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Characteristic travelling patterns of non-recurrent laryngeal nerves

Published online by Cambridge University Press:  22 May 2014

K H Hong*
Affiliation:
Department of Otolaryngology-Head and Neck Surgery, Chonbuk National University, Medical School, Chonju, Republic of Korea Research Institute of Clinical Medicine, Chonbuk National University, Medical School, Chonju, Republic of Korea
H T Park
Affiliation:
Department of Otolaryngology-Head and Neck Surgery, Chonbuk National University, Medical School, Chonju, Republic of Korea
Y S Yang
Affiliation:
Department of Otolaryngology-Head and Neck Surgery, Chonbuk National University, Medical School, Chonju, Republic of Korea
*
Address for correspondence: Dr K H Hong, Department of Otolaryngology-Head and Neck Surgery, Chonbuk National University, Medical School, Chonju, Chonbuk 561-712Republic of Korea Fax: 82-63-250-1986 E-mail: khhong@chonbuk.ac.kr

Abstract

Background:

The non-recurrent laryngeal nerve is subject to potential injury during thyroid surgery. Intra-operative identification and preservation of this nerve can be challenging. Its presence is associated with an aberrant subclavian artery and the developmental absence of the brachiocephalic trunk. This study aimed to evaluate the incidence of non-recurrent laryngeal nerves and present a new classification system for the course of these nerves.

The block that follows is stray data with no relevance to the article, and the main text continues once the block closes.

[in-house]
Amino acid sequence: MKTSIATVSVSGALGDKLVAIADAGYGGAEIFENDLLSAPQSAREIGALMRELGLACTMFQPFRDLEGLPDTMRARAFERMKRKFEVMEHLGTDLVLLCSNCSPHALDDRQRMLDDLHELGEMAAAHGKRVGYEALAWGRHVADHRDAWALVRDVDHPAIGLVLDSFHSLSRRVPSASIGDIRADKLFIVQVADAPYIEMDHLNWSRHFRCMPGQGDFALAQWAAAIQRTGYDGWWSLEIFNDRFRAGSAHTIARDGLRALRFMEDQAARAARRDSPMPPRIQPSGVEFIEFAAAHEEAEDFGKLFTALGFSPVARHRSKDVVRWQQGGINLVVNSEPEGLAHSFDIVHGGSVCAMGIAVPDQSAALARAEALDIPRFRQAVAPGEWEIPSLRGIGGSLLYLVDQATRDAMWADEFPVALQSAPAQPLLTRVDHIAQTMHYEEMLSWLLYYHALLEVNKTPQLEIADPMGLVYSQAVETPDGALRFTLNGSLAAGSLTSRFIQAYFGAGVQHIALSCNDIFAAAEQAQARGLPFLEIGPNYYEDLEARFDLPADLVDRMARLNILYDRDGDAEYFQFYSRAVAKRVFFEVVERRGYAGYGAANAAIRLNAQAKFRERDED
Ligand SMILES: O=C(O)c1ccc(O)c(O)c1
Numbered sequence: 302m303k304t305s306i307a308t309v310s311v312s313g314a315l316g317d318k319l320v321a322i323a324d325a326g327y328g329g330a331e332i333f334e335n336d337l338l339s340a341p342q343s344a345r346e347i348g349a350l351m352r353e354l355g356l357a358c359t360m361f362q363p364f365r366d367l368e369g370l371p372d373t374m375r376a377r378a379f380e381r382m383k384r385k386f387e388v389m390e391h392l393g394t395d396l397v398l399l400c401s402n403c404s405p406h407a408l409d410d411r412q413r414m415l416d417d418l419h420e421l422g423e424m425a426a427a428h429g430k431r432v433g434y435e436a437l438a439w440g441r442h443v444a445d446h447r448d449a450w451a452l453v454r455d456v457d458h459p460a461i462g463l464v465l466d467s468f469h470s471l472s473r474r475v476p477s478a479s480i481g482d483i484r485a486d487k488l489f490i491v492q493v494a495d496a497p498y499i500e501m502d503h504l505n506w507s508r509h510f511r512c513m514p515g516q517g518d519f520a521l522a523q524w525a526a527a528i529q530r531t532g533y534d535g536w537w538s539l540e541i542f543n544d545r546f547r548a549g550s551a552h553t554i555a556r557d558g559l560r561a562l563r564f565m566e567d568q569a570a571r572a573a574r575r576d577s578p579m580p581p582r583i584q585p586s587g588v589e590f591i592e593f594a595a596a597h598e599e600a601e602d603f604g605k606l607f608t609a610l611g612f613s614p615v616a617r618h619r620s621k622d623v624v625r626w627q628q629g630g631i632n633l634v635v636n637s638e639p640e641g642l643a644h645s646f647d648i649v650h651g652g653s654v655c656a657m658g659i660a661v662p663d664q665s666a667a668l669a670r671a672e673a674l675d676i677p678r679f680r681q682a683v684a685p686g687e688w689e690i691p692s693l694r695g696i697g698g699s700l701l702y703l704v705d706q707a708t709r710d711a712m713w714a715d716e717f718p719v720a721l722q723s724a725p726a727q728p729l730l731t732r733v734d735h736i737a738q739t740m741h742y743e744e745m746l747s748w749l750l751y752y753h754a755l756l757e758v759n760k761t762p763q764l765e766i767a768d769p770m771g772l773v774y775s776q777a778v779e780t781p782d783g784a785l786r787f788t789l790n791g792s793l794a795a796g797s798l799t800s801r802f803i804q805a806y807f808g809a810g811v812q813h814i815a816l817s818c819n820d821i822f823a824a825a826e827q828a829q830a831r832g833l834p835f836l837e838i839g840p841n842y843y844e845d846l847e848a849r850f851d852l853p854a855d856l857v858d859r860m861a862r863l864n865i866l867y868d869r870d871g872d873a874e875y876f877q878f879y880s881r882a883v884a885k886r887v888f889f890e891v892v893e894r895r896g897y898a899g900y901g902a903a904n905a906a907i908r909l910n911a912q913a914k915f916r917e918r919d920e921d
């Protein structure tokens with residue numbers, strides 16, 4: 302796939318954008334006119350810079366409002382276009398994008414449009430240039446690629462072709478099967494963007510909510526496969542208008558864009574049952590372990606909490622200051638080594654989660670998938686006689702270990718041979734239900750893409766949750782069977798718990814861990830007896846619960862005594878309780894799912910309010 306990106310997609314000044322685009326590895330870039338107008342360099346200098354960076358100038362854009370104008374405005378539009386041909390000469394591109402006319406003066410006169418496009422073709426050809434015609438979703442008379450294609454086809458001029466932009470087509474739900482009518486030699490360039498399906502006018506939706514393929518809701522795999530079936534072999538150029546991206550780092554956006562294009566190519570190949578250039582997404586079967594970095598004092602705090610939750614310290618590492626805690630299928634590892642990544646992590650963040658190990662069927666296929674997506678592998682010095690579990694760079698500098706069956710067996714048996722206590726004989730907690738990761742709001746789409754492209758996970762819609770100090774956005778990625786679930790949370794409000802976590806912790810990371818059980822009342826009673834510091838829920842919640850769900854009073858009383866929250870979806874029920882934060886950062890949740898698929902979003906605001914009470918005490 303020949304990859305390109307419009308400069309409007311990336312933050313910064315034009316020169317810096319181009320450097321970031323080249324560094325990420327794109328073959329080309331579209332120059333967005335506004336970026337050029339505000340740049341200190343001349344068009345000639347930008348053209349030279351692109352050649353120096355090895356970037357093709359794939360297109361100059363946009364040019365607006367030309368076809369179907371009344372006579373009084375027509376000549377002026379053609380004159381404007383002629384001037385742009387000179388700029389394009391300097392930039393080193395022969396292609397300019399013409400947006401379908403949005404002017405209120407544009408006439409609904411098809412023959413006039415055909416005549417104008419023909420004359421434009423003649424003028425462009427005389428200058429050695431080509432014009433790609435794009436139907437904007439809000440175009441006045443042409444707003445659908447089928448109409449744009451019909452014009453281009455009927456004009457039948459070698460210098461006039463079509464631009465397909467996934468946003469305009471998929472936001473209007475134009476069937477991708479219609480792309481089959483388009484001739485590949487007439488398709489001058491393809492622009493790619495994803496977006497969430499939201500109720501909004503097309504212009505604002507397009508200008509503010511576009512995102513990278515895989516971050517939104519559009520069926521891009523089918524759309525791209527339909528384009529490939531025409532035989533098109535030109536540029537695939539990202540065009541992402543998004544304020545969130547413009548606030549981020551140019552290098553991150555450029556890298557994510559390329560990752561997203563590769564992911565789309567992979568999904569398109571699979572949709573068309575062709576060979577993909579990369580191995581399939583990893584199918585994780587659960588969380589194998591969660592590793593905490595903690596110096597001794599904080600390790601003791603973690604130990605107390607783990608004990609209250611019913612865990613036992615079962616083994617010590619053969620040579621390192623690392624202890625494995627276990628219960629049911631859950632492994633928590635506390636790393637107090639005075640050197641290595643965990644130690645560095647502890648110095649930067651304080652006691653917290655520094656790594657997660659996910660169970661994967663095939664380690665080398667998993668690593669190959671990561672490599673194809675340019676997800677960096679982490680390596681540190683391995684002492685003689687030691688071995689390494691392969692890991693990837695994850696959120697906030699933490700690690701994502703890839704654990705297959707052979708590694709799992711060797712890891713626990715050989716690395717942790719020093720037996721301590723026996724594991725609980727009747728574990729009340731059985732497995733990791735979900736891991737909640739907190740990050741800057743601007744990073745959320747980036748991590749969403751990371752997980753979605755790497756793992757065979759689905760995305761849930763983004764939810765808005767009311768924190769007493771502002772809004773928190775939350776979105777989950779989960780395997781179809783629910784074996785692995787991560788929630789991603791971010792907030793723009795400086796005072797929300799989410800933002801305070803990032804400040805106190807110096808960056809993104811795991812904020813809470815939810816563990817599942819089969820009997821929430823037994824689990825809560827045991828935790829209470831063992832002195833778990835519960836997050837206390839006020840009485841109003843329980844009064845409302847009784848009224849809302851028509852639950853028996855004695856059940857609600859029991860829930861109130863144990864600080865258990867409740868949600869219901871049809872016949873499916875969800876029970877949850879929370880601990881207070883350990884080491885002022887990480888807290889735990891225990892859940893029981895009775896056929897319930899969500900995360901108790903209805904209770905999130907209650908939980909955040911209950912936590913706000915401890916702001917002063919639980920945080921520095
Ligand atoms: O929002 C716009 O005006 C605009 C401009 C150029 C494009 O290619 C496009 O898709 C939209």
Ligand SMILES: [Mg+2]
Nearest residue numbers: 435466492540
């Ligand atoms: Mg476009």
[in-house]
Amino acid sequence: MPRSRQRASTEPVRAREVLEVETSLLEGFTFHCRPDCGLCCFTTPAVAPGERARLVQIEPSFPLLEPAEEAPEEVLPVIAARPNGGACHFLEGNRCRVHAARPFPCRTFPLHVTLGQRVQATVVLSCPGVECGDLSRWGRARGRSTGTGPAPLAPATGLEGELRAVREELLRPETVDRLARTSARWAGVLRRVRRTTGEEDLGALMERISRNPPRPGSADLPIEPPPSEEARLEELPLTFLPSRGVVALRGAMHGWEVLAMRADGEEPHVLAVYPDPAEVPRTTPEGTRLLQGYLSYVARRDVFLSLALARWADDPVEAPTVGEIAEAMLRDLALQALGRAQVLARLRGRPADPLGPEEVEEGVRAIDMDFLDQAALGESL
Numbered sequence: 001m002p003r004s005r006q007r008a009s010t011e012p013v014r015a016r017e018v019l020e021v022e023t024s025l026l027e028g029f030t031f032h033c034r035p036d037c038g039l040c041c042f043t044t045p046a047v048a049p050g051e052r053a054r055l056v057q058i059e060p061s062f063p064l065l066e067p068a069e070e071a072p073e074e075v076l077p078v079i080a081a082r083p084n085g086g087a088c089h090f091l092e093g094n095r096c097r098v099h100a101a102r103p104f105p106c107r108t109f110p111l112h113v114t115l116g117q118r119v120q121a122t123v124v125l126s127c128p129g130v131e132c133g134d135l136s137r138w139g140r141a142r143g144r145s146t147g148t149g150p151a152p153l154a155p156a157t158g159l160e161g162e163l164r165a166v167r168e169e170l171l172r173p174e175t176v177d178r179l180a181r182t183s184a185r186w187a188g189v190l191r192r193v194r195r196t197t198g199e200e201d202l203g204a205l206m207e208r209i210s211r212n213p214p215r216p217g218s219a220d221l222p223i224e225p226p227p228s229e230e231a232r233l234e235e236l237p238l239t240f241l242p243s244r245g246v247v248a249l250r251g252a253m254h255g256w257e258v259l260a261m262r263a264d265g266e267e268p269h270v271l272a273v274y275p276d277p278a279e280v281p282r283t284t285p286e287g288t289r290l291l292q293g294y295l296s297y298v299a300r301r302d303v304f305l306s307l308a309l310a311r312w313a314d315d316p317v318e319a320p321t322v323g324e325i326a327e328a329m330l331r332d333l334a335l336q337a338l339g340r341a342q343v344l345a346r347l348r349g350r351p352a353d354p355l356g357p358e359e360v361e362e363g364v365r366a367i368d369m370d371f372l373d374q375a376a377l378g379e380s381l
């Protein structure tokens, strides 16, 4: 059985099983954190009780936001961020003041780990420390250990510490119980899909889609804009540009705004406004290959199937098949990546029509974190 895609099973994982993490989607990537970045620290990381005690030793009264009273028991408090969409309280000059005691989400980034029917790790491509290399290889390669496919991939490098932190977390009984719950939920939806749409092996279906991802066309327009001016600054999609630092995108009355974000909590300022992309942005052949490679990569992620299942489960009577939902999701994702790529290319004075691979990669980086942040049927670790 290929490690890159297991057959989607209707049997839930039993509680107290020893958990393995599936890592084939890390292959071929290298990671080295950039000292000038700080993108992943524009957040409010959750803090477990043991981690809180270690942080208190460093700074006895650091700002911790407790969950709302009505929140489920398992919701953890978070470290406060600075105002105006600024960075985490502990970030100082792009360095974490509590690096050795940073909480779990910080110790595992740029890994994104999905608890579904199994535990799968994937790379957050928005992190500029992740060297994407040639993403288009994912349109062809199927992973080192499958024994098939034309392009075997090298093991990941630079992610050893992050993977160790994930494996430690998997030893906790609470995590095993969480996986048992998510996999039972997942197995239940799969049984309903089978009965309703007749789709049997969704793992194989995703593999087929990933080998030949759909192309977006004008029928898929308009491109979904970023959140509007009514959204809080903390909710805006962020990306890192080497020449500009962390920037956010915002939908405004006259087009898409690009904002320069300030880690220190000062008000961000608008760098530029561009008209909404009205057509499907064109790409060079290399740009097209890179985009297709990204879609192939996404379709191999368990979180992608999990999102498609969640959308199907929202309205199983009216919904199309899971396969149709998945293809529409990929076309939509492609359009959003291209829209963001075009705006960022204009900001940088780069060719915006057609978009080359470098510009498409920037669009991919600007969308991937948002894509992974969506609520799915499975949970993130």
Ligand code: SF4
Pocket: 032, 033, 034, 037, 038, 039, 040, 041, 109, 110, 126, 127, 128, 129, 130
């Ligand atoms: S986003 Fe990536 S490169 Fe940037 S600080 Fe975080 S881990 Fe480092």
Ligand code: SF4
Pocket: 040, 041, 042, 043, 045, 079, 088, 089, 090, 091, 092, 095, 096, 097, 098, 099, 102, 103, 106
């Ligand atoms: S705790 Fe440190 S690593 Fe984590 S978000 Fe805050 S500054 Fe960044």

Methods:

Non-recurrent laryngeal nerves were identified on the right side in 15 patients who underwent thyroidectomy. The incidence of non-recurrent laryngeal nerves (during thyroidectomy) and aberrant subclavian arteries (using neck computed tomography) was evaluated, and the course of the nerves was classified according to their travelling patterns.

Results:

The overall incidence of non-recurrent laryngeal nerves was 0.68 per cent. The travelling patterns of the nerves could be classified as: descending (33 per cent), vertical (27 per cent), ascending (20 per cent) or V-shaped (20 per cent).

Conclusion:

Clinicians need to be aware of these variations to avoid non-recurrent laryngeal nerve damage. A retroesophageal subclavian artery (on neck computed tomography) virtually assures a non-recurrent laryngeal nerve. This information is important for preventing vocal fold paralysis. Following a review of non-recurrent laryngeal nerve travelling patterns, a new classification was devised.

Type
Main Articles
Copyright
Copyright © JLO (1984) Limited 2014 

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References

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